Of course, it’s not the 80’s anymore, so luring a wasted member of the top 10 back from a bar isn’t nearly as easy as it once was. Luckily for you, drug use is still a large, if unacknowledged, facet of professional surfing. While a couple wine coolers, some romantic music and a gorgeous sunset aren’t likely to earn a mouthful of ability, an eight ball well-cut with Rohypnol just might.

Start frequenting tour stops, earn the trust of your favorite surfers and, when the time is right, offer up a few lines. You just may be able to convince your favorite pro to blast a load of ability down the back of your throat.

Now, I’m not a doctor, so I can’t attest to the efficacy of the aforementioned treatment. But, I mean, who knows?  Maybe there’s a bevy of pro ho’s floating around out there who would kill it in a heat, if they only tried. But, just in case it doesn’t work, you’re going to need a backup.

Fortunately, this one is simple enough. If a stomach full of Wilko’s by-blow leaves you digging rails and bogging cutbacks, turn your gaze to the industry. Those dudes are easy pickings and a few well-framed cell phone shots of a mover and shaker skull fucking your prone form should do the job. Upload those puppies to the internet then use the inherent homophobia still present in the surf industry to extort your way into a multi-year contract.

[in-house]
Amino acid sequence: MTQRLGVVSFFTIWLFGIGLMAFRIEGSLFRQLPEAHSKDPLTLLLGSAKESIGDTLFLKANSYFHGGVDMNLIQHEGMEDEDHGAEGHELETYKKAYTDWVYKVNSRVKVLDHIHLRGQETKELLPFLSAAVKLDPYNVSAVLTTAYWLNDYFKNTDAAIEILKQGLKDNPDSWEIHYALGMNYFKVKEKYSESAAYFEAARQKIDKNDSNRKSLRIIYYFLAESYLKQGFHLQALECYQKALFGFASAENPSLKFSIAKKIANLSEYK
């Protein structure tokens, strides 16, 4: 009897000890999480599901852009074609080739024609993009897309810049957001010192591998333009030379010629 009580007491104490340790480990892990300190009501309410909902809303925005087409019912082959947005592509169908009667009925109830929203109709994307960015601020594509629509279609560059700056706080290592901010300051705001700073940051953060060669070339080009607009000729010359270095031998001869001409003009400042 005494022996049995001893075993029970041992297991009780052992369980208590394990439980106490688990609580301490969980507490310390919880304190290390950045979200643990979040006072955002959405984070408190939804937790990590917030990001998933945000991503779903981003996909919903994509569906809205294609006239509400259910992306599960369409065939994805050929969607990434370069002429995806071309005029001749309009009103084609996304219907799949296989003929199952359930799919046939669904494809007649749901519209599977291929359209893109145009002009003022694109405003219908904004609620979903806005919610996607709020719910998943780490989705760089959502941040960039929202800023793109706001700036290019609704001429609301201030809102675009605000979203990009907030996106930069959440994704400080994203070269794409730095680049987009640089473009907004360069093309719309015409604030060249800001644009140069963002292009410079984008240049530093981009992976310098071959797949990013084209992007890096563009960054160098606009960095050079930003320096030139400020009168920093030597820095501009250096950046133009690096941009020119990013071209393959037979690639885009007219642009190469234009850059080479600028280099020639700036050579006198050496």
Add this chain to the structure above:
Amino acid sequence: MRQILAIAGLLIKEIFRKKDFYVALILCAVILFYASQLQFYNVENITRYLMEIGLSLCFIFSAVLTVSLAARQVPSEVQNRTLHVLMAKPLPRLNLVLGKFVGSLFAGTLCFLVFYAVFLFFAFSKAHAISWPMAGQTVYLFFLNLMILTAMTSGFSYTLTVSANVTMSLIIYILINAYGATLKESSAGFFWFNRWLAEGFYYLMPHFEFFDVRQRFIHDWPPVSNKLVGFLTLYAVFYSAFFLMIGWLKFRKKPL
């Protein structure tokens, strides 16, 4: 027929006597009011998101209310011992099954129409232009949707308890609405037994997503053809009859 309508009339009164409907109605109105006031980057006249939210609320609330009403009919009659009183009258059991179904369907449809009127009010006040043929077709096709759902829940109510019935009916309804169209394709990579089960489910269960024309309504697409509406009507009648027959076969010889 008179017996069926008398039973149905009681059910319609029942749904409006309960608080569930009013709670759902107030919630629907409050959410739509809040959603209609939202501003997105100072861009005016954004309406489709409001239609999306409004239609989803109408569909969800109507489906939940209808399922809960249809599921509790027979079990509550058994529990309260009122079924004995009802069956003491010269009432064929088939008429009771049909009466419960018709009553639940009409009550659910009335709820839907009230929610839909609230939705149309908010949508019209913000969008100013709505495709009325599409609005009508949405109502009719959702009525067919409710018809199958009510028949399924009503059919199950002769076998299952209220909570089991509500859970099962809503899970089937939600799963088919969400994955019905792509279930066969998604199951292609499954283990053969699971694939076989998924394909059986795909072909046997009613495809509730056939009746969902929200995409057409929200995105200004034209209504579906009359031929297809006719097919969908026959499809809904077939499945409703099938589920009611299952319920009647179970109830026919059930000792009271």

2. Just don’t get caught

You’d be surprised how many titans of the surf industry got their seed money shuttling horse and/or hashish between Asia and the first world. Back in the bad old days all it took was a few surf trips to Bali, followed by a couple white knuckle return voyages, to raise enough capital to start a successful board short company or to buy the first vessel of what will eventually become a fleet of luxury yachts.

Why let them have all the fun?  Sure, because of the cruel realities of inflation, it’s not like a keister full of hash is going to make you any real money anymore, but a creative mind can always find a solution. Look to maximize your return on investment and serve your market. Introduce your local oxy freaks to the joys of full blown H addiction, choke down a few dozen rubbers full of North Korean meth and spend a Winter on Oahu, pack your colon to the pucker with Eastern European ecstasy and hang out with spoiled SoCal pre-teens. Modern advances in recreational dope manufacturing mean that you could spend a few years smuggling drugs and dodging customs agents and then start your own company and pay your way on tour without ever being beholden to some blonde cocksucker with a BA in marketing.